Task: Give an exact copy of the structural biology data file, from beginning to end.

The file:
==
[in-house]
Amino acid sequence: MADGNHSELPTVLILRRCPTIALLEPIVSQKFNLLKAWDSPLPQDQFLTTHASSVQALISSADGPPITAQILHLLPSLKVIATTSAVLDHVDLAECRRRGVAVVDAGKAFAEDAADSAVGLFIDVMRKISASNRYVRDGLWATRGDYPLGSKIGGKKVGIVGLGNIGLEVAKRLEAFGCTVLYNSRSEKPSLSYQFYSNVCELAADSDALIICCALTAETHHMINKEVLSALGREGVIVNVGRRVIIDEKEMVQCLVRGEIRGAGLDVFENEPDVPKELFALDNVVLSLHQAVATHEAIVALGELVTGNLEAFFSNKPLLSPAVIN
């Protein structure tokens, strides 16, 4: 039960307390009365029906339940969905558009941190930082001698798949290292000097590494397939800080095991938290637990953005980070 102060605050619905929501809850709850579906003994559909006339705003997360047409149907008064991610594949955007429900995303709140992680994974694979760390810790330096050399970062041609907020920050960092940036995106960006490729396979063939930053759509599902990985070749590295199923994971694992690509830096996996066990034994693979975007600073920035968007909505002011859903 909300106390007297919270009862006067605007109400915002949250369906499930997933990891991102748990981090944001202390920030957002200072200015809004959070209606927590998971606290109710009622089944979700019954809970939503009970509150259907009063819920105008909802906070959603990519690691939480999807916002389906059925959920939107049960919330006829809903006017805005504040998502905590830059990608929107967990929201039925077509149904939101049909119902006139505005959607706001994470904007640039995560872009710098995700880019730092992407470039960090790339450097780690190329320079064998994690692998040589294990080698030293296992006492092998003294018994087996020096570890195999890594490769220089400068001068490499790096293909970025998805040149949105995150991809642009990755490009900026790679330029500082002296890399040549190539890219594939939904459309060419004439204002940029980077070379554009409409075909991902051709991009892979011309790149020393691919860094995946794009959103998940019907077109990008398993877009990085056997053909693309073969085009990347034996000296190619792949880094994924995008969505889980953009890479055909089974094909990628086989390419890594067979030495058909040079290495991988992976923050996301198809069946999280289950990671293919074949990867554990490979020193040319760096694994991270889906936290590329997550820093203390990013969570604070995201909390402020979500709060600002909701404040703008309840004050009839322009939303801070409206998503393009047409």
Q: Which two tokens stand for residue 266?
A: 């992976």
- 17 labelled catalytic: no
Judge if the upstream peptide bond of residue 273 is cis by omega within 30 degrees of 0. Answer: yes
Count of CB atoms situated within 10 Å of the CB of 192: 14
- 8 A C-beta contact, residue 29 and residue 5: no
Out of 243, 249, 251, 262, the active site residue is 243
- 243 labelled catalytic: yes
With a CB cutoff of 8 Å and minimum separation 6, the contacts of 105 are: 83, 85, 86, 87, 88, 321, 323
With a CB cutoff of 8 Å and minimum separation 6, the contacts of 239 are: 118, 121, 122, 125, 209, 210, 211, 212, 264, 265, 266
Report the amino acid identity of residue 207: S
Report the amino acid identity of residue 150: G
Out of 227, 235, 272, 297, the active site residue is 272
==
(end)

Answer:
[in-house]
Amino acid sequence: MADGNHSELPTVLILRRCPTIALLEPIVSQKFNLLKAWDSPLPQDQFLTTHASSVQALISSADGPPITAQILHLLPSLKVIATTSAVLDHVDLAECRRRGVAVVDAGKAFAEDAADSAVGLFIDVMRKISASNRYVRDGLWATRGDYPLGSKIGGKKVGIVGLGNIGLEVAKRLEAFGCTVLYNSRSEKPSLSYQFYSNVCELAADSDALIICCALTAETHHMINKEVLSALGREGVIVNVGRRVIIDEKEMVQCLVRGEIRGAGLDVFENEPDVPKELFALDNVVLSLHQAVATHEAIVALGELVTGNLEAFFSNKPLLSPAVIN
């Protein structure tokens, strides 16, 4: 039960307390009365029906339940969905558009941190930082001698798949290292000097590494397939800080095991938290637990953005980070 102060605050619905929501809850709850579906003994559909006339705003997360047409149907008064991610594949955007429900995303709140992680994974694979760390810790330096050399970062041609907020920050960092940036995106960006490729396979063939930053759509599902990985070749590295199923994971694992690509830096996996066990034994693979975007600073920035968007909505002011859903 909300106390007297919270009862006067605007109400915002949250369906499930997933990891991102748990981090944001202390920030957002200072200015809004959070209606927590998971606290109710009622089944979700019954809970939503009970509150259907009063819920105008909802906070959603990519690691939480999807916002389906059925959920939107049960919330006829809903006017805005504040998502905590830059990608929107967990929201039925077509149904939101049909119902006139505005959607706001994470904007640039995560872009710098995700880019730092992407470039960090790339450097780690190329320079064998994690692998040589294990080698030293296992006492092998003294018994087996020096570890195999890594490769220089400068001068490499790096293909970025998805040149949105995150991809642009990755490009900026790679330029500082002296890399040549190539890219594939939904459309060419004439204002940029980077070379554009409409075909991902051709991009892979011309790149020393691919860094995946794009959103998940019907077109990008398993877009990085056997053909693309073969085009990347034996000296190619792949880094994924995008969505889980953009890479055909089974094909990628086989390419890594067979030495058909040079290495991988992976923050996301198809069946999280289950990671293919074949990867554990490979020193040319760096694994991270889906936290590329997550820093203390990013969570604070995201909390402020979500709060600002909701404040703008309840004050009839322009939303801070409206998503393009047409």
Q: Which two tokens stand for residue 266?
A: 């992976």
- 17 labelled catalytic: no
Judge if the upstream peptide bond of residue 273 is cis by omega within 30 degrees of 0. Answer: yes
Count of CB atoms situated within 10 Å of the CB of 192: 14
- 8 A C-beta contact, residue 29 and residue 5: no
Out of 243, 249, 251, 262, the active site residue is 243
- 243 labelled catalytic: yes
With a CB cutoff of 8 Å and minimum separation 6, the contacts of 105 are: 83, 85, 86, 87, 88, 321, 323
With a CB cutoff of 8 Å and minimum separation 6, the contacts of 239 are: 118, 121, 122, 125, 209, 210, 211, 212, 264, 265, 266
Report the amino acid identity of residue 207: S
Report the amino acid identity of residue 150: G
Out of 227, 235, 272, 297, the active site residue is 272